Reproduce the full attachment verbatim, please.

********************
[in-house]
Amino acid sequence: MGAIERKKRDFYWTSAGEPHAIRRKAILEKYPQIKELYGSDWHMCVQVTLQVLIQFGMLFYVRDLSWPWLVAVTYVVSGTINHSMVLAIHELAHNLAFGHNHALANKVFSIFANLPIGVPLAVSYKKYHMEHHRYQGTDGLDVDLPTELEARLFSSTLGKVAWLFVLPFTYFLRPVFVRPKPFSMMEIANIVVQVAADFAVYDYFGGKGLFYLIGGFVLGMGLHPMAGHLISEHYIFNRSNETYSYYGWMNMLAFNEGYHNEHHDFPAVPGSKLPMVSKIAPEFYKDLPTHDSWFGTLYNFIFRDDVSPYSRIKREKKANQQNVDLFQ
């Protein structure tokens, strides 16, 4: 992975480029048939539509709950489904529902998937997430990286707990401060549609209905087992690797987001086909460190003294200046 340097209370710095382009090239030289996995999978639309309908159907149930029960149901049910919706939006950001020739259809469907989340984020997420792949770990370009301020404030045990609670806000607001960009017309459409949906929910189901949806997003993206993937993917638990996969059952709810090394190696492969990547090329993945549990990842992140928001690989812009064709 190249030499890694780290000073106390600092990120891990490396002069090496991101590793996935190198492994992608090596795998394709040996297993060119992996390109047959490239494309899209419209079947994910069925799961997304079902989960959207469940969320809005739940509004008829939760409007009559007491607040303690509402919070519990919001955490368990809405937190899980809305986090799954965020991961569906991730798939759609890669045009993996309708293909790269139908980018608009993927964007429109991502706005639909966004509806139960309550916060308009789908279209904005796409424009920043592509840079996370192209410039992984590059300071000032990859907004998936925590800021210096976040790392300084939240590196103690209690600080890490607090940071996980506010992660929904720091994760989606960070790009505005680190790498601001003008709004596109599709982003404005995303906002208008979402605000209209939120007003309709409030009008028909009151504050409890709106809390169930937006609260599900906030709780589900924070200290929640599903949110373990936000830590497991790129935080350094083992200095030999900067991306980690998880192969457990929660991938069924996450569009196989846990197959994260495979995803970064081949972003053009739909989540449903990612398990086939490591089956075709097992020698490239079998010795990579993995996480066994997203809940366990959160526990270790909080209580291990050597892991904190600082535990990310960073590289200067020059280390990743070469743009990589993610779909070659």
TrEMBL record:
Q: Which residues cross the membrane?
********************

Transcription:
[in-house]
Amino acid sequence: MGAIERKKRDFYWTSAGEPHAIRRKAILEKYPQIKELYGSDWHMCVQVTLQVLIQFGMLFYVRDLSWPWLVAVTYVVSGTINHSMVLAIHELAHNLAFGHNHALANKVFSIFANLPIGVPLAVSYKKYHMEHHRYQGTDGLDVDLPTELEARLFSSTLGKVAWLFVLPFTYFLRPVFVRPKPFSMMEIANIVVQVAADFAVYDYFGGKGLFYLIGGFVLGMGLHPMAGHLISEHYIFNRSNETYSYYGWMNMLAFNEGYHNEHHDFPAVPGSKLPMVSKIAPEFYKDLPTHDSWFGTLYNFIFRDDVSPYSRIKREKKANQQNVDLFQ
């Protein structure tokens, strides 16, 4: 992975480029048939539509709950489904529902998937997430990286707990401060549609209905087992690797987001086909460190003294200046 340097209370710095382009090239030289996995999978639309309908159907149930029960149901049910919706939006950001020739259809469907989340984020997420792949770990370009301020404030045990609670806000607001960009017309459409949906929910189901949806997003993206993937993917638990996969059952709810090394190696492969990547090329993945549990990842992140928001690989812009064709 190249030499890694780290000073106390600092990120891990490396002069090496991101590793996935190198492994992608090596795998394709040996297993060119992996390109047959490239494309899209419209079947994910069925799961997304079902989960959207469940969320809005739940509004008829939760409007009559007491607040303690509402919070519990919001955490368990809405937190899980809305986090799954965020991961569906991730798939759609890669045009993996309708293909790269139908980018608009993927964007429109991502706005639909966004509806139960309550916060308009789908279209904005796409424009920043592509840079996370192209410039992984590059300071000032990859907004998936925590800021210096976040790392300084939240590196103690209690600080890490607090940071996980506010992660929904720091994760989606960070790009505005680190790498601001003008709004596109599709982003404005995303906002208008979402605000209209939120007003309709409030009008028909009151504050409890709106809390169930937006609260599900906030709780589900924070200290929640599903949110373990936000830590497991790129935080350094083992200095030999900067991306980690998880192969457990929660991938069924996450569009196989846990197959994260495979995803970064081949972003053009739909989540449903990612398990086939490591089956075709097992020698490239079998010795990579993995996480066994997203809940366990959160526990270790909080209580291990050597892991904190600082535990990310960073590289200067020059280390990743070469743009990589993610779909070659």
TrEMBL record:
Q: Which residues cross the membrane?